Is it any wonder why the federal government now employs nearly two-million Americans, and this doesn’t even include the 87,000 IRS agents that the Democrats’ new reconciliation monster bill will add to the top of the federal civil service pile. That’s right, 87,000 more IRS personnel to spy on individuals to ensure that every last tax provision is complied with. We’d better prepare ourselves now for those official-looking letters and postcards in the mail, because rest assured, the goons are coming for us!
As I’ve relayed in the past, I also did a stint as an intern at the U.S. Department of Justice in the Fraud section. One of my duties, even as a lowly intern, was to interview FBI Agents assigned to fraud cases to determine whether there was sufficient dirt on the accused to merit passing the case along to a U.S. Attorney to pursue prosecution. My “magic number” was set at $250,000, and this was 1990. Therefore, if some schlep out there in the hinterlands had “only” cheated the government out of $240,000, there would be no consequences for him or her. Yes, we’re talking scot-free!
Now I ask you, what reform of the “regular order” process in Congress would serve to fill these immense holes in the system? The problems won’t be solved by hiring more federal workers, expanding the number of congressmen and senators or passing superfluous legislation that will put band aids on wounds from the 1970’s that were never addressed.
You want to make Congress work again? Regular order would be a good thing but first something must be done to slash the size of government down to its essential functions at the federal level. We’re talking about getting rid of entire federal departments and sending the oversight tasks back to the states and localities where they belong.
It’s an old story, but why is there a federal department of Education? Or a department of Agriculture? Or a department of Energy? Couldn’t national policy in these areas be absorbed by other agencies and then communicated to the individual states to administer?
There are far too many bureaucrats following far too many federal laws and far too few elected officials to keep track of them all. “Regular order” doesn’t work because there aren’t enough committees in Congress to meet to discuss minute details on each congress-person’s bills to make sense of what’s going on there. There are only 24 hours in a day, aren’t there? And Congress must leave time for senators and representatives to spend weeks back in their districts listening to their people, don’t they?
The only real way to “fix” Congress is by making their task manageable. Without it, we’re resigned to introducing continuing budget resolutions every year that simply rubber-stamp and renew redundant and wasteful spending figures from the previous year packaged with some sort of built-in increase to cover inflation or whatever else comes up.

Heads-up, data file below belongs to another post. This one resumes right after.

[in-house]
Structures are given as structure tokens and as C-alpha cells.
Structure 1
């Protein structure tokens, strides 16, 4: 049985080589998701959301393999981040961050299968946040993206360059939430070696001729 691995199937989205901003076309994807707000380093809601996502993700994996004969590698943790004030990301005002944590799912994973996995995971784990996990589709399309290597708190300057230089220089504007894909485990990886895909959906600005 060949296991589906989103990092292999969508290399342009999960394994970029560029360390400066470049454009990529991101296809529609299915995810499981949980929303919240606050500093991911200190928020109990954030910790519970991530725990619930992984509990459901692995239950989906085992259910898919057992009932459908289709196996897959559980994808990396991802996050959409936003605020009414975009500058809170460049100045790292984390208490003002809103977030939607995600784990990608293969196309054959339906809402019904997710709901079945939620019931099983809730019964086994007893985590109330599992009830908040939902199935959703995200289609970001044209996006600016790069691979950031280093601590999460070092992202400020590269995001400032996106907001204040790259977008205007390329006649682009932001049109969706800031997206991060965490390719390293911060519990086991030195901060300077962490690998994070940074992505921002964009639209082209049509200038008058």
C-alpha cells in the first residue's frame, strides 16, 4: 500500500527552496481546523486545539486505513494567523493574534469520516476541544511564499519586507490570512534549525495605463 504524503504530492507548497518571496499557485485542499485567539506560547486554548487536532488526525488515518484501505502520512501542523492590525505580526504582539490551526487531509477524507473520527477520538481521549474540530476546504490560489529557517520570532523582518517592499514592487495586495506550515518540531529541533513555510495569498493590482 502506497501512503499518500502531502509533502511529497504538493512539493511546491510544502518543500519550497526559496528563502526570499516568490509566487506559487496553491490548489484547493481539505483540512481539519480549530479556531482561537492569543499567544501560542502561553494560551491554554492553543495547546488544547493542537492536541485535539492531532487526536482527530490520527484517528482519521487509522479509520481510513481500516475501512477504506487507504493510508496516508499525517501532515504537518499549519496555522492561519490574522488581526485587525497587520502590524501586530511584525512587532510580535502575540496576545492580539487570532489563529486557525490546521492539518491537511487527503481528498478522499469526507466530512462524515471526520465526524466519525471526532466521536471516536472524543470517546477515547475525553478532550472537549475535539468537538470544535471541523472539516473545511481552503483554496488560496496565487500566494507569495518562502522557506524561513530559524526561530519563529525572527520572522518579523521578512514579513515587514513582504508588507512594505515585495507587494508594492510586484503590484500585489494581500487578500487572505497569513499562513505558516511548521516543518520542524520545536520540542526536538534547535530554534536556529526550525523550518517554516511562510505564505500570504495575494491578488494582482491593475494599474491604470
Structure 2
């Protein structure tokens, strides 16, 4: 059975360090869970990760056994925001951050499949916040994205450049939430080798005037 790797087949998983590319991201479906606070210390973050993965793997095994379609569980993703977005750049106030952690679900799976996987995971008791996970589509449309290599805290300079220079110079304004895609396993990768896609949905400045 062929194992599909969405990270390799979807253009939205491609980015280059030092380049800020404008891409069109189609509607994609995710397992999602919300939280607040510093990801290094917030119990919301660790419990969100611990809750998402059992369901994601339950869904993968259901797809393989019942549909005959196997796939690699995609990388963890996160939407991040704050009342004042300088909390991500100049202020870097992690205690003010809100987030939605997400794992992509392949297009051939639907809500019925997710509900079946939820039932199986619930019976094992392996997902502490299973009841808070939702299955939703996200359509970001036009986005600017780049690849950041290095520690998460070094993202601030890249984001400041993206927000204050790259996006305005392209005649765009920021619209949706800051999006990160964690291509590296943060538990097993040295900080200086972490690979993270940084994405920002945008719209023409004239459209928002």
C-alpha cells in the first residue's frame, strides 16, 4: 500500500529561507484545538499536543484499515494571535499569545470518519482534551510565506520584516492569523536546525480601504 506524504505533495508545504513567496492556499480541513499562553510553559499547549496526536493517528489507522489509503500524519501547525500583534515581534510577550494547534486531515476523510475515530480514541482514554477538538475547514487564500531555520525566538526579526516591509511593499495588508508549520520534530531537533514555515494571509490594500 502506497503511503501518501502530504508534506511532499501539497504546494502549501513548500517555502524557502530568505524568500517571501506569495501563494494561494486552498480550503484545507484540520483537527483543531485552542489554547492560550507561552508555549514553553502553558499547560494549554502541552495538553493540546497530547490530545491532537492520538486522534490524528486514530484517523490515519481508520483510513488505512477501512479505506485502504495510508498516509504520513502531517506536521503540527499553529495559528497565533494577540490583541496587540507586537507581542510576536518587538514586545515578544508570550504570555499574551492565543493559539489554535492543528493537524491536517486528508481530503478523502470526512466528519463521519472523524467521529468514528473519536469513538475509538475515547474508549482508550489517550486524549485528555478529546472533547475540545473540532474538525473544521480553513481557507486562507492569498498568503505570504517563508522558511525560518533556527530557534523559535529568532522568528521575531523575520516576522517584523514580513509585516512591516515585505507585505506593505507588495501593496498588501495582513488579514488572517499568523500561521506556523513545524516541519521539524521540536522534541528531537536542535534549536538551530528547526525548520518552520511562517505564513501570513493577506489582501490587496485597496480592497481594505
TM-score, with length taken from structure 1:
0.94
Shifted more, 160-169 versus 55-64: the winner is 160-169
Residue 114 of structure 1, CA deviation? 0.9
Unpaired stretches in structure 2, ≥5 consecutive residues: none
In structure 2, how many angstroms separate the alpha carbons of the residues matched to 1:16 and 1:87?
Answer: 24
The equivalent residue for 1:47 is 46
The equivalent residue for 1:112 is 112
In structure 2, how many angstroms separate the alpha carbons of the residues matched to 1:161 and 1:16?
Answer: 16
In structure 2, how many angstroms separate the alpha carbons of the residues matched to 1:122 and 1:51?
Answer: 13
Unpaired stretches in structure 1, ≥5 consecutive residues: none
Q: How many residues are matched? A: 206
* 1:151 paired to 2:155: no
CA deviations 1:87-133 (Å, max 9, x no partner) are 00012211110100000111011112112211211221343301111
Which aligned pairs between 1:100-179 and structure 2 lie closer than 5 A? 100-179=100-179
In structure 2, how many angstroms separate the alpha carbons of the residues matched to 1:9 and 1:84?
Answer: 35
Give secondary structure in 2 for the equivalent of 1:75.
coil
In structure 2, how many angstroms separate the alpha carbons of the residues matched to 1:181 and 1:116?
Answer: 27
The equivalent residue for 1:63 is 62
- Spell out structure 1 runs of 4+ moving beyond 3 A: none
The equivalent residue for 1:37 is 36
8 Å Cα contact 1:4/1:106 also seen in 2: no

Bigger is not only not better, it’s a disaster.
It always makes me laugh (or cry?) when congressmen and senators, particularly Democrats, talk about fixing problems or “investing” in the economy with more and more and more spending, which will invariably demand more and more and more bureaucrats to oversee the new programs. When is enough already? “Build Back (More) Better”? Are they serious?
Tax receipts are already at an all-time high. 87,000 more IRS workers will collect even more taxes from the productive people of society. Higher taxes on corporations won’t mean “paying their fair share” – it will mean cuts at the companies, higher unemployment, fewer taxpayers and more suffering among the citizenry.
Want to fix Congress? Start with electing conservatives who are smart enough to recognize that we desperately need to initiate the grueling task of reducing the size of government. Before Congress can work on “regular order”, the legislative process needs to be pared down to manageable tasks where the people we send to Washington can actually devote time and mental energy to them.
Is it doable? I have my doubts. Americans focus so earnestly on the presidential election every four years because the chief executive is perceived as guiding everything else. A man like Donald Trump is far from perfect, but one grasps that it will take someone like Trump to have the political staying power and dogged determination to take on the bureaucracy. Anything less leads to ruin.
Everyone realizes that Congress is broken and most who are familiar with the institution know ways to fix some of its issues, but garnering a sufficient political consensus to confront the big problems and then turn things around won’t be easy. For the most part, Democrats aren’t the least bit interested in the “regular order” process. To them, the less Americans know about what they’re doing, the better.
Government won’t work again until it’s small enough to make it manageable. To make it manageable, government must be cut up and divided. Will it ever happen? Don’t count on “Fedzilla” holding his fire-breath.